Broadford Structure Plan update
Eleven community members presented to Mitchell Shire Councillors at a special Questions and Hearings Committee on Monday 30 August.
Following the first round of consultation on the Broadford Structure Plan in 2020, Council’s Planners reviewed the document and made proposed changes to the overall direction.
The changes took on board concerns raised in a petition and submissions back to Council through the Engaging Mitchell Process.
The proposed changes include:
Proposed Mount Piper and Jeffreys Lane area
- In the proposed plans, the significant vegetation, hilltops and valleys are protected from future development. An additional 250-metre-wide buffer from Mt. Piper is in place to preserve the ecological values in the area. The number of residential lots in the residential precinct in its ultimate build out will be substantially reduced and as a result, the block sizes are larger. This will help with development staying in touch with the rural character of town - a strong feature of the feedback we received during community consultation.
Strategic Infill Site Precincts
- There has been an increase in open space with an additional 4700 sqm proposed. Lot numbers have also been reduced from 41 lots to 24 lots which will result in increased lot sizes.
Proposed Broadford Town Centre
- Within the Town Centre precinct the full closure of Powlett Street has been removed, key development sites closer to Railway Station added, the Council officers identified as a key site for community uses and strengthened pedestrian connectivity between Gavan Street and High Street.
The Pine Plantation in Broadford was also a key point of many submissions. In response Council also reviewed and put forward an alternative proposal in the Draft Broadford Structure Plan for this location.The Broadford Pine Plantation consists of four hectares of land made up of two sections of unreserved Crown Land which is currently managed by the Department of Environment, Land, Water and Planning (DELWP).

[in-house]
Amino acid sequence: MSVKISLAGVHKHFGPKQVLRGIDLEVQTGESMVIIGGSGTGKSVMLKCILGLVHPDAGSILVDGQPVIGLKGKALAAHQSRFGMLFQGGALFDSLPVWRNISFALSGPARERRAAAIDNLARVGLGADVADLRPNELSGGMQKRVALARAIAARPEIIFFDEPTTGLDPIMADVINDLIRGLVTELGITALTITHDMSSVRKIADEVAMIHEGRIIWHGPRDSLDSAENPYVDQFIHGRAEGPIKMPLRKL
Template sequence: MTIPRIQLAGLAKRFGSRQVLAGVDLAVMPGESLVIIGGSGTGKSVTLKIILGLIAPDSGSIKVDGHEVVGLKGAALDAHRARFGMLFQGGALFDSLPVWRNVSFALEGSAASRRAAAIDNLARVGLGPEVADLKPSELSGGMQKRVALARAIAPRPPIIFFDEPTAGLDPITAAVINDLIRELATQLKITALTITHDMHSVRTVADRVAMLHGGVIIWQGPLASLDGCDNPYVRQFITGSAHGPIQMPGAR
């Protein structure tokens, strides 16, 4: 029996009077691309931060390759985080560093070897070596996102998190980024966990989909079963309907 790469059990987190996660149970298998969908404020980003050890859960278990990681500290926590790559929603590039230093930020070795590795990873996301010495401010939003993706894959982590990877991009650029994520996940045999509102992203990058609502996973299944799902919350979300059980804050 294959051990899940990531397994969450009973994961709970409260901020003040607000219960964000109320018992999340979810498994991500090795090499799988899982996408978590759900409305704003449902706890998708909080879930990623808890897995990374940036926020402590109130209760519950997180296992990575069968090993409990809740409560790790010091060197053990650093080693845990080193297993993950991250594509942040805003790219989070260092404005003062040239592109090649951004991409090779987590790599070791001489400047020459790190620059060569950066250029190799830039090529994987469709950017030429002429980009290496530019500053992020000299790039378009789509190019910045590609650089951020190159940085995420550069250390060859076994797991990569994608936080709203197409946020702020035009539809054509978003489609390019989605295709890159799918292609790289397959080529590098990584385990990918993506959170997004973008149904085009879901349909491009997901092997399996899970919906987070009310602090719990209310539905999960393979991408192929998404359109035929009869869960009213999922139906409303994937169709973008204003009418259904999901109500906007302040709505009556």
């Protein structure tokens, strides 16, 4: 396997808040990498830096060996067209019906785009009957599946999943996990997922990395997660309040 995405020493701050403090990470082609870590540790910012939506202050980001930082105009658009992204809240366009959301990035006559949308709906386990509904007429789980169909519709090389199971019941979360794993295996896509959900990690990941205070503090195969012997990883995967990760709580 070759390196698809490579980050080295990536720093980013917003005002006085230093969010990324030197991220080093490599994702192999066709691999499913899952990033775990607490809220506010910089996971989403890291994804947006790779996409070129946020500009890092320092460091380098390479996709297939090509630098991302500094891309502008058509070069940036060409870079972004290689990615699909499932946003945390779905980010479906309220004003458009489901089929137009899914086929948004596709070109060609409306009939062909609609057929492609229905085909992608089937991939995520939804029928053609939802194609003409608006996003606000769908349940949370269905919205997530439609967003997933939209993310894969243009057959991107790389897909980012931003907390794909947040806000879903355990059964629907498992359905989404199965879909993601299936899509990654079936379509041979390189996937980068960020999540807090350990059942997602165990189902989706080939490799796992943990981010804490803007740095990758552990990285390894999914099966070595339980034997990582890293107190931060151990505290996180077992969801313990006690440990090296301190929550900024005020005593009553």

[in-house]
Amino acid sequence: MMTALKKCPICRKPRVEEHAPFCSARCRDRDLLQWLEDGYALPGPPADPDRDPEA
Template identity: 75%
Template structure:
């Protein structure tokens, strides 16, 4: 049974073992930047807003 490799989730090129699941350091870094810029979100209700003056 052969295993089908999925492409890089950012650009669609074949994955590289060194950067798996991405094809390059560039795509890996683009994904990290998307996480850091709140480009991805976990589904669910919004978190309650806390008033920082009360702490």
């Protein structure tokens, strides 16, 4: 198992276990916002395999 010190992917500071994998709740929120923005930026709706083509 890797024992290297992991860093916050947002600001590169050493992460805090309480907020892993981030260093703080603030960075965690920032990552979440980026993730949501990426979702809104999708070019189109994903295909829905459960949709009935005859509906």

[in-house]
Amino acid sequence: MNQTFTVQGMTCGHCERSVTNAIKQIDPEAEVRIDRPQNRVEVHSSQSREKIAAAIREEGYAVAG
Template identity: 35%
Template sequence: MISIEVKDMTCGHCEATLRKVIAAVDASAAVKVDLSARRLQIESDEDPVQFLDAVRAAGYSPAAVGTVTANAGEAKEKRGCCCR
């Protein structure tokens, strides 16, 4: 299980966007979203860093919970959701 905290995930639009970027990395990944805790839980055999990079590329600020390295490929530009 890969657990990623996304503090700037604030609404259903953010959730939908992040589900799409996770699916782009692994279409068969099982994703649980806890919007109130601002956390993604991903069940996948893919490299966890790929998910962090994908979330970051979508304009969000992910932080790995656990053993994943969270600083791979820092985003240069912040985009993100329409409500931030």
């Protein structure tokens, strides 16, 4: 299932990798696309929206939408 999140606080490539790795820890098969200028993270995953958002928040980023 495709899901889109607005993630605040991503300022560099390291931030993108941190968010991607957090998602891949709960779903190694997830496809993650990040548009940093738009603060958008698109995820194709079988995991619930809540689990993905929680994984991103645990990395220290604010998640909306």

This land was originally part of the Broadford Common and part of the Land was subsequently used for a Gravel reserve under a Temporary Reservation back in 1919.
The Temporary Reservation ended in 1930. Under the School Endowment process the land was provided to the Education Department for use as a plantation, also called `permissive occupancy’, and this explains why the land is locally known as the old Broadford School Pine Plantation.
Since then, DELWP have advised Council that the space is not needed. The land was first identified as surplus by the Department of Treasury and Finance in the early 1980s however the Shire of Broadford objected to the sale and argued that the land should be retained for Community use.
There is no evidence that the land has ever been owned by the Broadford Paper Mill nor was gifted to the community by the Paper Mill.
The Proposed Draft Structure Plan will be put forward to Councillors at an Ordinary Council Meeting for discussion in the future.
Comments from CEO Brett Luxford
"Consultation for the Broadford Structure Plan has been widespread," he said.
“We have received over 70 individual submissions and had 11 people present at our last Community Questions and Hearings Committee Meeting.
“We heard some terrific feedback by many people in our community and they gave us an indication of just how they would like Broadford to look in the future.
“We’re working hard to create healthy, connected and sustainable communities through all the life stages and part of this is to balance community needs with a strategic approach to our future."
"With this in mind, we’ve worked with our community to strike a good balance between maintaining the Broadford we all know and love and unlocking its potential for the future.”
This page was last updated on 7 September 2021.